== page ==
# Length of an integer in Python

In Python, how do you find the number of digits in an integer?

• I don't understand your question. Did you mean the size of an integer? Do you want to find the number of digits? Please clarify. – batbrat Feb 3 '10 at 4:59
• Sorry, the number of digits – Strigoides Feb 3 '10 at 5:03

If you want the length of an integer as in the number of digits in the integer, you can always convert it to string like `str(133)` and find its length like `len(str(123))`.

• Of course, if you're looking for the number of digits, this will produce a result that's too large for negative numbers, since it will count the negative sign. – Chris Upchurch Feb 3 '10 at 5:03
• `len(str(abs(v)))` if you are worried about the negative sign ... – wisty Feb 3 '10 at 6:00
• Hey, this is a slow solution. I did a factorial of a random 6 digit number, and found its length. This method took 95.891 seconds. And `Math.log10` method took only 7.486343383789062e-05 seconds, approximately 1501388 times faster! – FadedCoder Mar 19 '17 at 16:30

Without conversion to string

``````import math
digits = int(math.log10(n))+1
``````

To also handle zero and negative numbers

``````import math
if n > 0:
digits = int(math.log10(n))+1
elif n == 0:
digits = 1
else:
digits = int(math.log10(-n))+2 # +1 if you don't count the '-'
``````

You'd probably want to put that in a function :)

Here are some benchmarks. The `len(str())` is already behind for even quite small numbers

``````timeit math.log10(2**8)
1000000 loops, best of 3: 746 ns per loop
timeit len(str(2**8))
1000000 loops, best of 3: 1.1 µs per loop

timeit math.log10(2**100)
1000000 loops, best of 3: 775 ns per loop
timeit len(str(2**100))
100000 loops, best of 3: 3.2 µs per loop

timeit math.log10(2**10000)
1000000 loops, best of 3: 844 ns per loop
timeit len(str(2**10000))
100 loops, best of 3: 10.3 ms per loop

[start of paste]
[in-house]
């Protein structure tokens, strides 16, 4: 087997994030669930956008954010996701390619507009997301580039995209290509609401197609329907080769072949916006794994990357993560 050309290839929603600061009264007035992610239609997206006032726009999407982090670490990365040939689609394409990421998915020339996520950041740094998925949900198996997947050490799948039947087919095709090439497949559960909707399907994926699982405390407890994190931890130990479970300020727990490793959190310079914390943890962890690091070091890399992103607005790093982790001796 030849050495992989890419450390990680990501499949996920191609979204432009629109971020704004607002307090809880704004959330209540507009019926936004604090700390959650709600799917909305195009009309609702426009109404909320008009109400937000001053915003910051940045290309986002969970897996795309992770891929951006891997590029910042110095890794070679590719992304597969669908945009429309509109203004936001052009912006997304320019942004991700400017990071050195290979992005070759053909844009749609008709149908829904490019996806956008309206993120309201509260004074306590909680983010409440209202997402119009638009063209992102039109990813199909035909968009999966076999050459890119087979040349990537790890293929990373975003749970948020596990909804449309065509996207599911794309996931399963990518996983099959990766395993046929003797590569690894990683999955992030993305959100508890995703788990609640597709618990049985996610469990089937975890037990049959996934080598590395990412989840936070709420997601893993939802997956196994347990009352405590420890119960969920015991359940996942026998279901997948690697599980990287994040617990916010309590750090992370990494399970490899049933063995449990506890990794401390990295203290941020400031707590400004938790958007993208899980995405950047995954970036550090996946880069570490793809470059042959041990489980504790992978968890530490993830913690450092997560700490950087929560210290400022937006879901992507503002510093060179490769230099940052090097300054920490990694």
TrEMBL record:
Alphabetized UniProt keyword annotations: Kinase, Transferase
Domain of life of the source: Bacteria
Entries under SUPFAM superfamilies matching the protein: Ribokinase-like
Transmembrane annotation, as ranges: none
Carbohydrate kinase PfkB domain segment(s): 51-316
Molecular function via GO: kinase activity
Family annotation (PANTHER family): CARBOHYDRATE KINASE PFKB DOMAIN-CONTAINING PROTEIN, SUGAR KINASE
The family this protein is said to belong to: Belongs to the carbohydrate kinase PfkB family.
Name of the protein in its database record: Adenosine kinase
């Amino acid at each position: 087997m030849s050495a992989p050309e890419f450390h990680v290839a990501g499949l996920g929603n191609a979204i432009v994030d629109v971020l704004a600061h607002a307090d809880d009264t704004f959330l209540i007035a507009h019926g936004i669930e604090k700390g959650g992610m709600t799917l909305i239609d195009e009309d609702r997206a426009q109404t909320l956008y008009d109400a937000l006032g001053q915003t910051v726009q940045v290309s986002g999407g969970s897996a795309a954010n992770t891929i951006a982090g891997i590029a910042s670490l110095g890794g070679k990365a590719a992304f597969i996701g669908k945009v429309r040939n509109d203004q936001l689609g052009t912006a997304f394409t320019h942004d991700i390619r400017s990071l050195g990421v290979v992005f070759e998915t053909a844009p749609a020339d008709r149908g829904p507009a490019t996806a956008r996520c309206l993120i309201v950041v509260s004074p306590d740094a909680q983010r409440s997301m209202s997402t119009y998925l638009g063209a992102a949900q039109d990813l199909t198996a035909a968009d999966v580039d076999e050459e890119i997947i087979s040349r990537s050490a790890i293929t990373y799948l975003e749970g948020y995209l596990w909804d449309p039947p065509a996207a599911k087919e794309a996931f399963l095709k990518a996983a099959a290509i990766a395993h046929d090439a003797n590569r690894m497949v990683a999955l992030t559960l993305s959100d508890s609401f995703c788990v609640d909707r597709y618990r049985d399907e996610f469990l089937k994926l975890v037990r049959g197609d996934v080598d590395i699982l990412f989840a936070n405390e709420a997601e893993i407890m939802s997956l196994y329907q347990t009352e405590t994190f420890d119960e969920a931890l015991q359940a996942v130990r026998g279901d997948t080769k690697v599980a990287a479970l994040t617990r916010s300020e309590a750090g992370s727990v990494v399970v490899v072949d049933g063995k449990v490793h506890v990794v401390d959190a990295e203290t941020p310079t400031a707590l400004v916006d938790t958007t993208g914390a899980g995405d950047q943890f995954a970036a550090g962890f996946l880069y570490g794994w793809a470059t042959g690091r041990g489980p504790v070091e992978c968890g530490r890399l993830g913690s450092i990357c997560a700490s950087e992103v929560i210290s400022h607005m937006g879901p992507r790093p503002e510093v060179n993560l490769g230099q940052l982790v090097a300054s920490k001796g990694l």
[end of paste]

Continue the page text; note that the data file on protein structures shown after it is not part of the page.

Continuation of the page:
``````
• Using log10 for this is a mathematician's solution; using len(str()) is a programmer's solution, and is clearer and simpler. – Glenn Maynard Feb 3 '10 at 7:01
• @Glenn: I certainly hope you aren't implying this is a bad solution. The programmer's naive O(log10 n) solution works well in ad-hoc, prototyping code -- but I'd much rather see mathematicians elegant O(1) solution in production code or a public API. +1 for gnibbler. – Juliet Feb 3 '10 at 8:48
• @gnibbler: +1. Never realized that log10 can be used to find the magnitude of a number. Wish I could up-vote more then once :). – Abbas Dec 20 '10 at 18:10
• Hi! I go something strange, can Anyone of You please explain me why `int(math.log10(x)) +1` for `99999999999999999999999999999999999999999999999999999999999999999999999` (71 nines) returns 72 ? I thought that I could rely on log10 method but I have to use len(str(x)) instead :( – Marecky Mar 4 '12 at 1:19
• I believe i know the reason for the strange behaviour, it is due to floating point inaccuracies eg. `math.log10(999999999999999)` is equal to `14.999999999999998` so `int(math.log10(999999999999999))` becomes `14`. But then `math.log10(9999999999999999)` is equal to `16.0`. Maybe using `round` is a solution to this problem. – jamylak Apr 6 '12 at 1:22

## All math.log10 solutions will give you problems.

math.log10 is fast but gives problem when your number is greater than 999999999999997. This is because the float have too many .9s, causing the result to round up.

The solution is to use a while counter method for numbers above that threshold.

To make this even faster, create 10^16, 10^17 so on so forth and store as variables in a list. That way, it is like a table lookup.

``````def getIntegerPlaces(theNumber):
if theNumber <= 999999999999997:
return int(math.log10(theNumber)) + 1
else:
counter = 15
while theNumber >= 10**counter:
counter += 1
return counter
``````
• Thank you. That is a good counter-example for `math.log10`. It's interesting to see how binary representation flips the values giving mathematically incorrect result. – WloHu Aug 28 '18 at 12:31

Python `2.*` `int`s take either 4 or 8 bytes (32 or 64 bits), depending on your Python build. `sys.maxint` (`2**31-1` for 32-bit ints, `2**63-1` for 64-bit ints) will tell you which of the two possibilities obtains.